Friday, 17 April 2015
GG Series Collection Plus (DS),Part 1
This game is set in a pastel-coloured penguin factory, and the player has to pack penguins into boxes that match their colours. This is done by moving a 2x1 cursor around, and switching the positions of boxes and penguins, in a manner similar to Tetris Attack/Panel de Pon. There's a combo mechanic, but rather than focussing entirely on pre-setting up multipart chains, it places its weight on just quickly packing massive amounts of penguins in quick succession, so it's better to place your efforts into gathering large groups of the same coloured penguins into one place before bringing a box in to clear them all in one go. It's a pretty good game, and it seems to build up points for unlocking games quicker than most of the others, which is helpful, as unlocking more games is a massive chore.
Set in some kind of cube-based electrical circuit map, the aim of Energy Chain is to connect up the four pre-placed, immovable generators with lines of coloured blocks. Obviously, power can only travel along lines of uniform hue, and once a connection is made, the coloured blocks disappear, making room for more to be placed. It's not an exciting game, but it does have a certain kind of charm that only boring games have. It's not the worst game in this section, not at all.
Very similar to the Konami classic Quarth, Vertex presents the player with simple shapes like squares and regular pentagons with missing vertices, which must be filled in as quickly as possible. Y shoots one vertex, X shoots two and A three. Over-verting results in the shapes quickly jutting downwards and in time-honoured tradition, once a shape crosses the line at the bottom, the player loses. Though the game generously gives three lives instead of an instant game over.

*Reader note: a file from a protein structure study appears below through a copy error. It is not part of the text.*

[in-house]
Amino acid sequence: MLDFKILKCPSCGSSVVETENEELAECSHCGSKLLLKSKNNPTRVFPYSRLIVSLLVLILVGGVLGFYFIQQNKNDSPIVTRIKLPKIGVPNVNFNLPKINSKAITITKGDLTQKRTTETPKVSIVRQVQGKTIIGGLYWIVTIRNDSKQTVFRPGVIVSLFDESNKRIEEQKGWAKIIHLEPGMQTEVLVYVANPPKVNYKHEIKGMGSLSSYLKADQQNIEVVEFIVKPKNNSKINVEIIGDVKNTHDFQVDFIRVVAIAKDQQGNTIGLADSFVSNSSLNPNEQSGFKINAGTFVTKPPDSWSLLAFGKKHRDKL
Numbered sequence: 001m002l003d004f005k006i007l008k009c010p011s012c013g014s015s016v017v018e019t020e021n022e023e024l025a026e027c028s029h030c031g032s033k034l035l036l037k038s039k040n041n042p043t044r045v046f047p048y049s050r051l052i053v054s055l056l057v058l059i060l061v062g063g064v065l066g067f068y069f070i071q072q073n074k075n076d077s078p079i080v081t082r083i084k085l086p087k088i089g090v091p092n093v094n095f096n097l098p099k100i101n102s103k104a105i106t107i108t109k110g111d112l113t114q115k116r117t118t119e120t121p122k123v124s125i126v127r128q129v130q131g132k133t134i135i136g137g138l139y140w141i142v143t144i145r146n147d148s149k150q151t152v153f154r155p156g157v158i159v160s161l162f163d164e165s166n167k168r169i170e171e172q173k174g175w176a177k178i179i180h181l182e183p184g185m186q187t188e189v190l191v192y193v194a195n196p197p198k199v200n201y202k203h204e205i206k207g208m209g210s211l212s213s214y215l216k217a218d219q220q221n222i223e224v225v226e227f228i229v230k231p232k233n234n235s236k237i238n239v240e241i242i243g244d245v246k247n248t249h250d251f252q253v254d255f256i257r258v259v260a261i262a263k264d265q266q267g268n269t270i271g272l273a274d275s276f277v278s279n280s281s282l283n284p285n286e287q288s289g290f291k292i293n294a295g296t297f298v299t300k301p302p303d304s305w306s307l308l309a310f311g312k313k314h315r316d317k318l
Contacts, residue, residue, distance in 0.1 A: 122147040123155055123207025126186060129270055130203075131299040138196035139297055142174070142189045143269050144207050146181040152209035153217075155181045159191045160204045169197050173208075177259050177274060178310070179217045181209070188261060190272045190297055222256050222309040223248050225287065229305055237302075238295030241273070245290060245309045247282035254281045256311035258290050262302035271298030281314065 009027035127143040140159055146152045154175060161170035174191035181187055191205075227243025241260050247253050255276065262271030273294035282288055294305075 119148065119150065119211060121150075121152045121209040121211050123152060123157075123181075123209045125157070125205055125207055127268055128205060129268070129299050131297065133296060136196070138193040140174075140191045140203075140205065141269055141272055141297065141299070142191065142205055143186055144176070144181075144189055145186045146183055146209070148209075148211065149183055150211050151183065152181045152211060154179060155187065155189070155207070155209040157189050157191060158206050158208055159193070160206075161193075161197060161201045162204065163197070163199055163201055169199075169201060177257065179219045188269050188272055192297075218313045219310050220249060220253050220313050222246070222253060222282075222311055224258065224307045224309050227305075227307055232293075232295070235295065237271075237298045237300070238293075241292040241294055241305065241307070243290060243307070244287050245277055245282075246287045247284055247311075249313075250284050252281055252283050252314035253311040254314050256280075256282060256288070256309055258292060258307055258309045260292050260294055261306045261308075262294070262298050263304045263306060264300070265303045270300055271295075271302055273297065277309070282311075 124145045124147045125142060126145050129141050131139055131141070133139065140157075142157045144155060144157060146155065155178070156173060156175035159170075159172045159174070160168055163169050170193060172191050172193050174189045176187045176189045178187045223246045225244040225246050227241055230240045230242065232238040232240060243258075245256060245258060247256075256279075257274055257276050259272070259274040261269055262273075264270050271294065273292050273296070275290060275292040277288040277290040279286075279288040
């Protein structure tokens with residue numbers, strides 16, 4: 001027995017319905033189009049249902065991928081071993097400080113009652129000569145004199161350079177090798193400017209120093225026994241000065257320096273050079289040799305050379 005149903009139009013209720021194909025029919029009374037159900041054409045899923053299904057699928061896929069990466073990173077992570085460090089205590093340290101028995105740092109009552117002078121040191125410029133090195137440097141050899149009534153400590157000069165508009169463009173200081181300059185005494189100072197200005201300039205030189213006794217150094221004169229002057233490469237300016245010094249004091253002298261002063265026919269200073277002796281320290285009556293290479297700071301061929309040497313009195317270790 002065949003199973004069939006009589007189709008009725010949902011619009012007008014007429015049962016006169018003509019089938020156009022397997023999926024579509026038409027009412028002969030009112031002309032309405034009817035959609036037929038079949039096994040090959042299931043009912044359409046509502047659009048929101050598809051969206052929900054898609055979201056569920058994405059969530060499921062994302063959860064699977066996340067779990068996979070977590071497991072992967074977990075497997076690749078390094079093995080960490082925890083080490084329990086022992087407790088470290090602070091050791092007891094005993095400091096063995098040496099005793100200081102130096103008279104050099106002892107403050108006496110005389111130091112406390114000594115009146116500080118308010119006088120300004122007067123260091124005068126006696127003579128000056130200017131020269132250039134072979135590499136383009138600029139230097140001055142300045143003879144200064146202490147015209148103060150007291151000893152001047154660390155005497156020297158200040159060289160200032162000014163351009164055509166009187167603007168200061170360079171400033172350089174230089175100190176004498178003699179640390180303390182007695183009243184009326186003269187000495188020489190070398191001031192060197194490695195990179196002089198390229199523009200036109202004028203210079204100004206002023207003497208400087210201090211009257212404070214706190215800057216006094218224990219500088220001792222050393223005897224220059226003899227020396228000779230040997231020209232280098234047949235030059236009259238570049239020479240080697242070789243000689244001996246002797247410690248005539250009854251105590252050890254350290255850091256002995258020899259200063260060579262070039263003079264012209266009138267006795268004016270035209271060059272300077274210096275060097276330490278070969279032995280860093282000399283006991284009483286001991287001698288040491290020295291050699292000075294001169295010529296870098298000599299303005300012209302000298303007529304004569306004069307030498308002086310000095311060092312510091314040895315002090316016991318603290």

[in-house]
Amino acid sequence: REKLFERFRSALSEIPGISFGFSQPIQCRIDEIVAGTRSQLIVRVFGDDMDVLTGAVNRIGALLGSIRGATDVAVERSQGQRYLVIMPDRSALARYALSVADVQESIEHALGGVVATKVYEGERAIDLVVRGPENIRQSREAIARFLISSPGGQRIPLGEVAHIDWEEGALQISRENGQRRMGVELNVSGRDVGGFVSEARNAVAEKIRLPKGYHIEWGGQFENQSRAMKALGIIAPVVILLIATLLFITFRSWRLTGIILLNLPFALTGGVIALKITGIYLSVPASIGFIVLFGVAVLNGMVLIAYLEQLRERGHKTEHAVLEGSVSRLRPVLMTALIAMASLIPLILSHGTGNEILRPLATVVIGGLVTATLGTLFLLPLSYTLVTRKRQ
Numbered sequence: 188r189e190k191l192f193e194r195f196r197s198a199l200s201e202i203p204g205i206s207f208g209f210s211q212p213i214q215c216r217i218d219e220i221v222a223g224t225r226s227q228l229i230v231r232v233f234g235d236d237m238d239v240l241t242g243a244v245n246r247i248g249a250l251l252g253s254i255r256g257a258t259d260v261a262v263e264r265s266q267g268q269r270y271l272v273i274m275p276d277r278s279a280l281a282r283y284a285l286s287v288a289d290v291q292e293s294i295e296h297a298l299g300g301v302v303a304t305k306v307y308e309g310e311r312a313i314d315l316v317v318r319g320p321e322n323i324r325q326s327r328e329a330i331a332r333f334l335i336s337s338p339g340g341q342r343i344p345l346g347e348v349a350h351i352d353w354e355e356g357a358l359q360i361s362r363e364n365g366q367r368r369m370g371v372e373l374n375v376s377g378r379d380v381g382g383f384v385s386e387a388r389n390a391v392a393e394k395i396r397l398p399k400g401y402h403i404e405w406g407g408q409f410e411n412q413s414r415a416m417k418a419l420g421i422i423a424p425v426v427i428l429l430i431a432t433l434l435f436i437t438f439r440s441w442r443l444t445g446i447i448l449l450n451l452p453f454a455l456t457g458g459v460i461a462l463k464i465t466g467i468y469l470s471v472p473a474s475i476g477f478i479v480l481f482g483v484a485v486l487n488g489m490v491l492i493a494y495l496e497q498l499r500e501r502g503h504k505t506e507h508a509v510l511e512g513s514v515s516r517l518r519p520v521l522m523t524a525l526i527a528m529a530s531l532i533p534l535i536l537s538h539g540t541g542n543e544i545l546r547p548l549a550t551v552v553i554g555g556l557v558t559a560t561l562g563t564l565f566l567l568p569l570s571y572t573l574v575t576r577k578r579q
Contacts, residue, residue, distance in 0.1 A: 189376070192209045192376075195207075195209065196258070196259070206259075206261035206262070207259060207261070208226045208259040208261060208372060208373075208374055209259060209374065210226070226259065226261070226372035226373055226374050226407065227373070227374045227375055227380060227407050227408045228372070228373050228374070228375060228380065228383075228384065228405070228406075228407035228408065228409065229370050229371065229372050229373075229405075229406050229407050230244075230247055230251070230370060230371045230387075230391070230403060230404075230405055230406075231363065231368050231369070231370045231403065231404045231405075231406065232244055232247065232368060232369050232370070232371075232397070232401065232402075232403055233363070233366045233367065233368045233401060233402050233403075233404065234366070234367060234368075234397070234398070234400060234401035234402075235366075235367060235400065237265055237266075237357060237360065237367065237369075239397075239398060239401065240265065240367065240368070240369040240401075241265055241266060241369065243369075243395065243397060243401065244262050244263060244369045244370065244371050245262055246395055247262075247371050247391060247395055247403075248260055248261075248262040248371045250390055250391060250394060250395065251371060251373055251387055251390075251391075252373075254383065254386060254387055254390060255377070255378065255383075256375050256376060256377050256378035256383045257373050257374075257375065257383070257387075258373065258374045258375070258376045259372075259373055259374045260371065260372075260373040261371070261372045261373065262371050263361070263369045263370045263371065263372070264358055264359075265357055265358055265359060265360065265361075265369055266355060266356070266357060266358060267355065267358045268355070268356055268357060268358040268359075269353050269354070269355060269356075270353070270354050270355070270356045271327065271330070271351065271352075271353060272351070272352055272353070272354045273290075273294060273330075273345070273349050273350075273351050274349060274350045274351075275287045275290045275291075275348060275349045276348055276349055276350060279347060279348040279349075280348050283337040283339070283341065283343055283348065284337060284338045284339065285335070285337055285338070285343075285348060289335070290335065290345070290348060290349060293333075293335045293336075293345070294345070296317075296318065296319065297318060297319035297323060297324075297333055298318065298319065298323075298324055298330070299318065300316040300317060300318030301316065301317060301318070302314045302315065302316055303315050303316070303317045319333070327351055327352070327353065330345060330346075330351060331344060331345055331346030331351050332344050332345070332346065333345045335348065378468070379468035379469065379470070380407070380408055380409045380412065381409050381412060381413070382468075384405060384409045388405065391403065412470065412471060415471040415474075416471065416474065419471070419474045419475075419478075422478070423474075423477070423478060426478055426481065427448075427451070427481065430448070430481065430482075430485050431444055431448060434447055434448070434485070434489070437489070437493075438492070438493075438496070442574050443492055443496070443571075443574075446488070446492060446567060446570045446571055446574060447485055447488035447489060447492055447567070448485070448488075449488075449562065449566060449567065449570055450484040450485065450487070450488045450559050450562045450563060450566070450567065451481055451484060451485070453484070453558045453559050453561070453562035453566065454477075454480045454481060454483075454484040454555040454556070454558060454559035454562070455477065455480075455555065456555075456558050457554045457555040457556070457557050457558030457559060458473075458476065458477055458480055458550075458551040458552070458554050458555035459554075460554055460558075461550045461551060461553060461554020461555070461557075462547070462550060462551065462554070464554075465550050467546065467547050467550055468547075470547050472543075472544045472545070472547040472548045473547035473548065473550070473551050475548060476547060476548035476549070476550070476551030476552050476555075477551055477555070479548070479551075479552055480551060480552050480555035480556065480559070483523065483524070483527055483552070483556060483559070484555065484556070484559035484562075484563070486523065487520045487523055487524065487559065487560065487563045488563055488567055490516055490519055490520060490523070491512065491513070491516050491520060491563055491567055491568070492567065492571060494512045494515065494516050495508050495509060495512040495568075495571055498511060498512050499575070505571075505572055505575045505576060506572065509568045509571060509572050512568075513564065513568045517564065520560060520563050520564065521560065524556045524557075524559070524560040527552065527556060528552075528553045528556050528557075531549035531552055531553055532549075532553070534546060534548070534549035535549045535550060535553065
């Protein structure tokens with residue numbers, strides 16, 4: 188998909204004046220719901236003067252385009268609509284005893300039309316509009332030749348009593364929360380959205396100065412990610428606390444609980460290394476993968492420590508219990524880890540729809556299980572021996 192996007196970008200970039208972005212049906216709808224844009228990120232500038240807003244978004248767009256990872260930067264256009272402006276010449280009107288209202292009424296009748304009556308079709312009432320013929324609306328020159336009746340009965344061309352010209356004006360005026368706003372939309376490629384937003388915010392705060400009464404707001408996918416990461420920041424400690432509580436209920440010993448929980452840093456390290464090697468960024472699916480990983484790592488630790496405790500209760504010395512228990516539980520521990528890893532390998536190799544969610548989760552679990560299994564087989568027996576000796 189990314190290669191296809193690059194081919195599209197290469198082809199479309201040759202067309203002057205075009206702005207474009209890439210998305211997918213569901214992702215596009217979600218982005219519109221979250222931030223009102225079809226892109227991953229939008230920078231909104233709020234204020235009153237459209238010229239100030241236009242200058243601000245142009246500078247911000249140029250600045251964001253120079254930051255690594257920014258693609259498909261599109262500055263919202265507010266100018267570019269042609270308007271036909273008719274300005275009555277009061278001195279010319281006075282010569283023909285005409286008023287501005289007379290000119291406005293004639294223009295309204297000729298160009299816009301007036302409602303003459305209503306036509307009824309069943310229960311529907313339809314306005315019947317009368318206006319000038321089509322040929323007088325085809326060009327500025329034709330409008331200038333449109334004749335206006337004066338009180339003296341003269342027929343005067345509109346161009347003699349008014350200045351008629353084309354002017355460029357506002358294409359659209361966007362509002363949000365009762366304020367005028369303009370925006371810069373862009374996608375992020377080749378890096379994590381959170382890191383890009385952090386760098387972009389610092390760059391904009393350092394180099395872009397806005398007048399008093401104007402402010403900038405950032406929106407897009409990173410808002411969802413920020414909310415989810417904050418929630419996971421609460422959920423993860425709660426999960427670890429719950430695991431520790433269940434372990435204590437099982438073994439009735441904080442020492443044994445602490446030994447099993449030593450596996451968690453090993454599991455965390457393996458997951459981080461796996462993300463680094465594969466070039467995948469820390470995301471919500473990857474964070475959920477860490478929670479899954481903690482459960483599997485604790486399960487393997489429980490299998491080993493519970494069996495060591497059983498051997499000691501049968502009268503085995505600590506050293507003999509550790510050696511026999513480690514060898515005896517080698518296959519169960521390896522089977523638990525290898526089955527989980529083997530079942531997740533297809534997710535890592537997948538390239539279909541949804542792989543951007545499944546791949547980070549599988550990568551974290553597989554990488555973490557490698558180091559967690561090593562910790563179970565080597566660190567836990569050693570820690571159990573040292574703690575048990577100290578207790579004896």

Black x Block
A game in which the player controls a little stick-person, who has to reach the exit on each stage by picking up, turning and placing large black blocks. I'll be totally honest, I'm terrible at this game and I don't enjoy playing it and the minimalist presentation leaves me a bit cold.
This one reminds me of Gunpey both mechanically and aesthetically, and like Gunpey, it doesn't really excite me. Blocks fall from above with little arrows on them, and the aim is to turn them so that the arrows point into lines, with 90 degree turns acceptable, and when a line is at least four blocks long, all the blocks will disappear. It's not a bad game, and it's pretty easy to set up mildly satisfying chains, but mild satisfaction is all it really offers. I don't dislike it as much as Black x Block, but it's not one I return to often.
Yuusha Puzzle is an RPG-themed colour-matching game (except that instead of colours, you're matching RPG equipment). You're presented with a stream of typical fantasy RPG monsters, who attack by dropping garbage blocks into your well, as well as by doing Tetris Battle Gaiden-style status effects like blocking your view, restricting movement and so on. To fight back, you match items. Weapons like wands, swords and spears just straight up damage the monsters, with more damage dealt by matching up more at once. Sheilds and helmets and other bits of armour erase any garbage blocks touching them when they go, dealing a bit of counterattack damage to the enemy for each garbage block deleted this way. It takes way too long to get difficult, and it repeats monsters far too much, but for some reason, when I play it, I'll often end up becoming enthralled with it for long periods of time.